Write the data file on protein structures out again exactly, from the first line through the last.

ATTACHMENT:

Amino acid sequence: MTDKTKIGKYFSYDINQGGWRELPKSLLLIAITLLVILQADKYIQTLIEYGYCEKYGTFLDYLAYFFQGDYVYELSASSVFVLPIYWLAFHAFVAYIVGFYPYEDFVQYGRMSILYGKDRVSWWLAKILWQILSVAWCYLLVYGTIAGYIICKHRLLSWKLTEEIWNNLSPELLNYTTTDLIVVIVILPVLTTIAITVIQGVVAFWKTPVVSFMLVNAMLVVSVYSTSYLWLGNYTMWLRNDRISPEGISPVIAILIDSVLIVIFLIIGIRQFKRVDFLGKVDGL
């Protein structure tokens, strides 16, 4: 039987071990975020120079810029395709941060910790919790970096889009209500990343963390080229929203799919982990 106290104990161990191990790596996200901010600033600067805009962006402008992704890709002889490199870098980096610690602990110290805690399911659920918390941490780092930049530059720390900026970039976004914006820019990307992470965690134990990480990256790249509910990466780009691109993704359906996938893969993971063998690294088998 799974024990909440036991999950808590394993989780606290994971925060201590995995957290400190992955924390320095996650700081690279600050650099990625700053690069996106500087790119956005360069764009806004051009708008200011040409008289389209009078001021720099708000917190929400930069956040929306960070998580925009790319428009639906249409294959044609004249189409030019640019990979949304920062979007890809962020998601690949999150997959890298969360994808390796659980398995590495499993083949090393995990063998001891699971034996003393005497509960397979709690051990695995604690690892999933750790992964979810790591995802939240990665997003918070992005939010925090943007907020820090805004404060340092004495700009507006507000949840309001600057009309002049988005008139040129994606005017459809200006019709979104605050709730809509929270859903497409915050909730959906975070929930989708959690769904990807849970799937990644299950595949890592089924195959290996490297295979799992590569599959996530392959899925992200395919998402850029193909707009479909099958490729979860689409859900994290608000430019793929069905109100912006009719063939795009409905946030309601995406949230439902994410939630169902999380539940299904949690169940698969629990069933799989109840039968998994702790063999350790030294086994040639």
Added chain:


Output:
Amino acid sequence: MTDKTKIGKYFSYDINQGGWRELPKSLLLIAITLLVILQADKYIQTLIEYGYCEKYGTFLDYLAYFFQGDYVYELSASSVFVLPIYWLAFHAFVAYIVGFYPYEDFVQYGRMSILYGKDRVSWWLAKILWQILSVAWCYLLVYGTIAGYIICKHRLLSWKLTEEIWNNLSPELLNYTTTDLIVVIVILPVLTTIAITVIQGVVAFWKTPVVSFMLVNAMLVVSVYSTSYLWLGNYTMWLRNDRISPEGISPVIAILIDSVLIVIFLIIGIRQFKRVDFLGKVDGL
């Protein structure tokens, strides 16, 4: 039987071990975020120079810029395709941060910790919790970096889009209500990343963390080229929203799919982990 106290104990161990191990790596996200901010600033600067805009962006402008992704890709002889490199870098980096610690602990110290805690399911659920918390941490780092930049530059720390900026970039976004914006820019990307992470965690134990990480990256790249509910990466780009691109993704359906996938893969993971063998690294088998 799974024990909440036991999950808590394993989780606290994971925060201590995995957290400190992955924390320095996650700081690279600050650099990625700053690069996106500087790119956005360069764009806004051009708008200011040409008289389209009078001021720099708000917190929400930069956040929306960070998580925009790319428009639906249409294959044609004249189409030019640019990979949304920062979007890809962020998601690949999150997959890298969360994808390796659980398995590495499993083949090393995990063998001891699971034996003393005497509960397979709690051990695995604690690892999933750790992964979810790591995802939240990665997003918070992005939010925090943007907020820090805004404060340092004495700009507006507000949840309001600057009309002049988005008139040129994606005017459809200006019709979104605050709730809509929270859903497409915050909730959906975070929930989708959690769904990807849970799937990644299950595949890592089924195959290996490297295979799992590569599959996530392959899925992200395919998402850029193909707009479909099958490729979860689409859900994290608000430019793929069905109100912006009719063939795009409905946030309601995406949230439902994410939630169902999380539940299904949690169940698969629990069933799989109840039968998994702790063999350790030294086994040639």
Added chain: